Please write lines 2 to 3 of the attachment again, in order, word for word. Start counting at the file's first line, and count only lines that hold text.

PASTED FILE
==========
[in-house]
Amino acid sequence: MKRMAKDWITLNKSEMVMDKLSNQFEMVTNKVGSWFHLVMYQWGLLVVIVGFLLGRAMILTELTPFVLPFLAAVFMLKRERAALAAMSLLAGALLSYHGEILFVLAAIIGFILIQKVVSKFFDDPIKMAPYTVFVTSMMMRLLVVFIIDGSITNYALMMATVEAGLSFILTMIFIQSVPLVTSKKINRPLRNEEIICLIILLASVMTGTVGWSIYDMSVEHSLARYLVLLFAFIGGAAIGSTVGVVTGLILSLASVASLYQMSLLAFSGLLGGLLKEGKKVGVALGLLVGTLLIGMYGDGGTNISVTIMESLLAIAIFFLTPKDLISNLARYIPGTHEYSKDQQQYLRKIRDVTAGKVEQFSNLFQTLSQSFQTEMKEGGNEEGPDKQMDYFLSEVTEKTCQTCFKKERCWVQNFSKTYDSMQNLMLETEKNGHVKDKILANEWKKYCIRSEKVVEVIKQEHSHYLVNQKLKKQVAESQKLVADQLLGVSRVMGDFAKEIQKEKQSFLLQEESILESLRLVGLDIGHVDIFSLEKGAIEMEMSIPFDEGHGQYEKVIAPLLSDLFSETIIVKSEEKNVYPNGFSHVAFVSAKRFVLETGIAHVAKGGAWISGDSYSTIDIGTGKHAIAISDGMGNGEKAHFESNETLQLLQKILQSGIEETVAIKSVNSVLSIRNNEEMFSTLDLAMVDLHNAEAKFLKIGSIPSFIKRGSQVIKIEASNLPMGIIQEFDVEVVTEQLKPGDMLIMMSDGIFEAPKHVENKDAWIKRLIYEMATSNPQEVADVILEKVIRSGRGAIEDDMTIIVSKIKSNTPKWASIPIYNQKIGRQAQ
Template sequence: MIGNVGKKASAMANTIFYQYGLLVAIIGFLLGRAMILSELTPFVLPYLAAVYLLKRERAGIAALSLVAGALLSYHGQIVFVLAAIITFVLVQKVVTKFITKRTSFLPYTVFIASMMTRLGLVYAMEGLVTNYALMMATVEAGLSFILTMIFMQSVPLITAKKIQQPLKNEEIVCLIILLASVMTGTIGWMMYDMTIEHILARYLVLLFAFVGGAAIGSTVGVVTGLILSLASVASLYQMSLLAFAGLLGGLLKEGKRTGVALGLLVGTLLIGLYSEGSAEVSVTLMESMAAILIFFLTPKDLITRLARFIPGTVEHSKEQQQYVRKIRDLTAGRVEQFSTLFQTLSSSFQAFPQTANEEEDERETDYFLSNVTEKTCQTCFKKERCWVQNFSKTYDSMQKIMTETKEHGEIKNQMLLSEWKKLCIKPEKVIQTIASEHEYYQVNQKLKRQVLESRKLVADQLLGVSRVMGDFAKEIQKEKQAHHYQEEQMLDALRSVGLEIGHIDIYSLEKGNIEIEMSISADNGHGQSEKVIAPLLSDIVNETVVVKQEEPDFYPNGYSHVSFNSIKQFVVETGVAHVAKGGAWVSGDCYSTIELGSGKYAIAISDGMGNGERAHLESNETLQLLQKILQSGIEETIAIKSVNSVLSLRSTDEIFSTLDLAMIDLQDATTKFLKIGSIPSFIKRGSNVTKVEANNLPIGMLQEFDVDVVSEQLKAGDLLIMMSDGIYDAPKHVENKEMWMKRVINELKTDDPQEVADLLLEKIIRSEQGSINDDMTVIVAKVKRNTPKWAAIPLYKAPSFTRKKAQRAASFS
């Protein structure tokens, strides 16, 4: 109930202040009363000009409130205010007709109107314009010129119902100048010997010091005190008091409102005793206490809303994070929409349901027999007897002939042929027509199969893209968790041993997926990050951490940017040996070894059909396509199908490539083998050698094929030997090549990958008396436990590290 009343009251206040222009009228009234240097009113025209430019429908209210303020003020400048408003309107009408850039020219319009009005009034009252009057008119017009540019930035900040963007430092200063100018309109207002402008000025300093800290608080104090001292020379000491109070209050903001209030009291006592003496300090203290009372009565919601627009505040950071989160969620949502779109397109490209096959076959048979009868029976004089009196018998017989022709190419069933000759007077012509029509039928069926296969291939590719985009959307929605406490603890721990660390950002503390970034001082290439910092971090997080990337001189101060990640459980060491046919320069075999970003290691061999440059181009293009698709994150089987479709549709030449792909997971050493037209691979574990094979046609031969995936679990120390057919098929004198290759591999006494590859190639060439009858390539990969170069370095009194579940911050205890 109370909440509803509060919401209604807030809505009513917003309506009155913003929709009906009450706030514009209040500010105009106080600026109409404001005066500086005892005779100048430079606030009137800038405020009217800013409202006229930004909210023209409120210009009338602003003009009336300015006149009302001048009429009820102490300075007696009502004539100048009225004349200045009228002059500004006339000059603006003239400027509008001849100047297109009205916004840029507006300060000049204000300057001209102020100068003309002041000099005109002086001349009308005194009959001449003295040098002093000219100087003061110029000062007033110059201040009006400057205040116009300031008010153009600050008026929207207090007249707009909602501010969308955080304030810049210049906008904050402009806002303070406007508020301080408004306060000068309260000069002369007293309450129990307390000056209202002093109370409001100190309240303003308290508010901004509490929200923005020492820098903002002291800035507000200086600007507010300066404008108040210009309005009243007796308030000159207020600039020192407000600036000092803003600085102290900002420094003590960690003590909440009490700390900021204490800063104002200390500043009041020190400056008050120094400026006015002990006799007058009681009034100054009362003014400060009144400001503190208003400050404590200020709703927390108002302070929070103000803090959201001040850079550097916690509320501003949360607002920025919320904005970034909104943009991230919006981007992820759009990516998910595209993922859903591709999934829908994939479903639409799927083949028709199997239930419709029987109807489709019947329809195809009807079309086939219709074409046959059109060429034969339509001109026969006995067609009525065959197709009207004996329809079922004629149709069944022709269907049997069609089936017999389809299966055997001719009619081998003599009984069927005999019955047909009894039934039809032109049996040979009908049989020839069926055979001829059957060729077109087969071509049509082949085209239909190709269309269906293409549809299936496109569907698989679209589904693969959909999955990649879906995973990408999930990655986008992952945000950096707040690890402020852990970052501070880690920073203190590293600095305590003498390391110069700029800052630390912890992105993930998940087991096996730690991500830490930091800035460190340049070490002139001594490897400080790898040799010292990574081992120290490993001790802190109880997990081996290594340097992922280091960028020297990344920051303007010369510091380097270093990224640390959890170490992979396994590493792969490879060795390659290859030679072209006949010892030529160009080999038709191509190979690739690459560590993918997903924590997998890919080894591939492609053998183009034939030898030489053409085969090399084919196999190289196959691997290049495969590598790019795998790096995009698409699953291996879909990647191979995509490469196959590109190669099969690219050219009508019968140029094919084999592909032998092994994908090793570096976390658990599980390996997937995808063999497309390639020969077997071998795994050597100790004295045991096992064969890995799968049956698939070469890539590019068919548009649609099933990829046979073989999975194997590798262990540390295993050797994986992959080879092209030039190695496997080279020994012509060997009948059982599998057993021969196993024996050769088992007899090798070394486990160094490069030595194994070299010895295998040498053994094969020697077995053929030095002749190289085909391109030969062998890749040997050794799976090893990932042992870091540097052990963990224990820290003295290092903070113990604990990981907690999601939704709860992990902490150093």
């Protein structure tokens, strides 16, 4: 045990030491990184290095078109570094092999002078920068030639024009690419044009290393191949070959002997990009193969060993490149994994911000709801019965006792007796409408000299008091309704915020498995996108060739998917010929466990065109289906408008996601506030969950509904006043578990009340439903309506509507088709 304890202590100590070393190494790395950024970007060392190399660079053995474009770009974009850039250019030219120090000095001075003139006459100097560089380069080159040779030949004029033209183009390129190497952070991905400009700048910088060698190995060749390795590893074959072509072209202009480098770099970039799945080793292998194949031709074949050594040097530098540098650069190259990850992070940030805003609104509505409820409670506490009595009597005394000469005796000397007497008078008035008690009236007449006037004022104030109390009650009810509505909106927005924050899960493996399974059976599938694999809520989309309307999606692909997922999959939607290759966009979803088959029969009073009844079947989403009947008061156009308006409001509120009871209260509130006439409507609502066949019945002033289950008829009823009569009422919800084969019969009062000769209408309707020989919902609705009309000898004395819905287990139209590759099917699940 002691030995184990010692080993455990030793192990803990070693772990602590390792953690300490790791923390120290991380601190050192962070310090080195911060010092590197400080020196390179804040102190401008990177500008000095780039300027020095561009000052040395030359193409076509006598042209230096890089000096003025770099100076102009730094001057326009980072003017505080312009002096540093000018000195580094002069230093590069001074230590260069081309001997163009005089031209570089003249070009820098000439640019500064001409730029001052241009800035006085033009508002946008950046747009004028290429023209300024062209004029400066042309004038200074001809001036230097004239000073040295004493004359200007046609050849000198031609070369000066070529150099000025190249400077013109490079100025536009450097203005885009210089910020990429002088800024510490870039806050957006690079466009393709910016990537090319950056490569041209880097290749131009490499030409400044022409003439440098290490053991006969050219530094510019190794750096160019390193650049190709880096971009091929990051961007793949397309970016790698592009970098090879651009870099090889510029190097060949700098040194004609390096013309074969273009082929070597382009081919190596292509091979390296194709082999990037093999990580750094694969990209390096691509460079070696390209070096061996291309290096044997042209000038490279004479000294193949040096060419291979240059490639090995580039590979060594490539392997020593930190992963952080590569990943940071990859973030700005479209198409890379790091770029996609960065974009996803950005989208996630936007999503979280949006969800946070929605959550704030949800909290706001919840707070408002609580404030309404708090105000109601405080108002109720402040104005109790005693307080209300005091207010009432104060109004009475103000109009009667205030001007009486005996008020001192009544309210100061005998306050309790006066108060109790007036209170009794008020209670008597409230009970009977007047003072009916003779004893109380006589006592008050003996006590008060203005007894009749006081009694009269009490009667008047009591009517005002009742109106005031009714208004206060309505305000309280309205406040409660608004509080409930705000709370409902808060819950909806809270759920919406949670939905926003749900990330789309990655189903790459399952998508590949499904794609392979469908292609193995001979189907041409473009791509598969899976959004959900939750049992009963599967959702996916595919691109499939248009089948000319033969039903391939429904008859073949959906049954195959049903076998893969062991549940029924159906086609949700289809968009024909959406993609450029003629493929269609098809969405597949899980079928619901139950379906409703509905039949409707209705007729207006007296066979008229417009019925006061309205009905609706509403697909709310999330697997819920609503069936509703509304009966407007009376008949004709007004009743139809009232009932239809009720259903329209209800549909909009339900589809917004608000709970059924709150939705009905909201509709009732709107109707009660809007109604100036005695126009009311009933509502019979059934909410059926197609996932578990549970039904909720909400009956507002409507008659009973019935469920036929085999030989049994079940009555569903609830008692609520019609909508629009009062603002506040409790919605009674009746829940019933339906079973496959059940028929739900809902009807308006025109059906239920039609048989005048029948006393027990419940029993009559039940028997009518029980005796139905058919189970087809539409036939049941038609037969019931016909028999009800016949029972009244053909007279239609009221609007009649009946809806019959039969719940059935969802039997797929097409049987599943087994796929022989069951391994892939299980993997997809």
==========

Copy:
Amino acid sequence: MKRMAKDWITLNKSEMVMDKLSNQFEMVTNKVGSWFHLVMYQWGLLVVIVGFLLGRAMILTELTPFVLPFLAAVFMLKRERAALAAMSLLAGALLSYHGEILFVLAAIIGFILIQKVVSKFFDDPIKMAPYTVFVTSMMMRLLVVFIIDGSITNYALMMATVEAGLSFILTMIFIQSVPLVTSKKINRPLRNEEIICLIILLASVMTGTVGWSIYDMSVEHSLARYLVLLFAFIGGAAIGSTVGVVTGLILSLASVASLYQMSLLAFSGLLGGLLKEGKKVGVALGLLVGTLLIGMYGDGGTNISVTIMESLLAIAIFFLTPKDLISNLARYIPGTHEYSKDQQQYLRKIRDVTAGKVEQFSNLFQTLSQSFQTEMKEGGNEEGPDKQMDYFLSEVTEKTCQTCFKKERCWVQNFSKTYDSMQNLMLETEKNGHVKDKILANEWKKYCIRSEKVVEVIKQEHSHYLVNQKLKKQVAESQKLVADQLLGVSRVMGDFAKEIQKEKQSFLLQEESILESLRLVGLDIGHVDIFSLEKGAIEMEMSIPFDEGHGQYEKVIAPLLSDLFSETIIVKSEEKNVYPNGFSHVAFVSAKRFVLETGIAHVAKGGAWISGDSYSTIDIGTGKHAIAISDGMGNGEKAHFESNETLQLLQKILQSGIEETVAIKSVNSVLSIRNNEEMFSTLDLAMVDLHNAEAKFLKIGSIPSFIKRGSQVIKIEASNLPMGIIQEFDVEVVTEQLKPGDMLIMMSDGIFEAPKHVENKDAWIKRLIYEMATSNPQEVADVILEKVIRSGRGAIEDDMTIIVSKIKSNTPKWASIPIYNQKIGRQAQ
Template sequence: MIGNVGKKASAMANTIFYQYGLLVAIIGFLLGRAMILSELTPFVLPYLAAVYLLKRERAGIAALSLVAGALLSYHGQIVFVLAAIITFVLVQKVVTKFITKRTSFLPYTVFIASMMTRLGLVYAMEGLVTNYALMMATVEAGLSFILTMIFMQSVPLITAKKIQQPLKNEEIVCLIILLASVMTGTIGWMMYDMTIEHILARYLVLLFAFVGGAAIGSTVGVVTGLILSLASVASLYQMSLLAFAGLLGGLLKEGKRTGVALGLLVGTLLIGLYSEGSAEVSVTLMESMAAILIFFLTPKDLITRLARFIPGTVEHSKEQQQYVRKIRDLTAGRVEQFSTLFQTLSSSFQAFPQTANEEEDERETDYFLSNVTEKTCQTCFKKERCWVQNFSKTYDSMQKIMTETKEHGEIKNQMLLSEWKKLCIKPEKVIQTIASEHEYYQVNQKLKRQVLESRKLVADQLLGVSRVMGDFAKEIQKEKQAHHYQEEQMLDALRSVGLEIGHIDIYSLEKGNIEIEMSISADNGHGQSEKVIAPLLSDIVNETVVVKQEEPDFYPNGYSHVSFNSIKQFVVETGVAHVAKGGAWVSGDCYSTIELGSGKYAIAISDGMGNGERAHLESNETLQLLQKILQSGIEETIAIKSVNSVLSLRSTDEIFSTLDLAMIDLQDATTKFLKIGSIPSFIKRGSNVTKVEANNLPIGMLQEFDVDVVSEQLKAGDLLIMMSDGIYDAPKHVENKEMWMKRVINELKTDDPQEVADLLLEKIIRSEQGSINDDMTVIVAKVKRNTPKWAAIPLYKAPSFTRKKAQRAASFS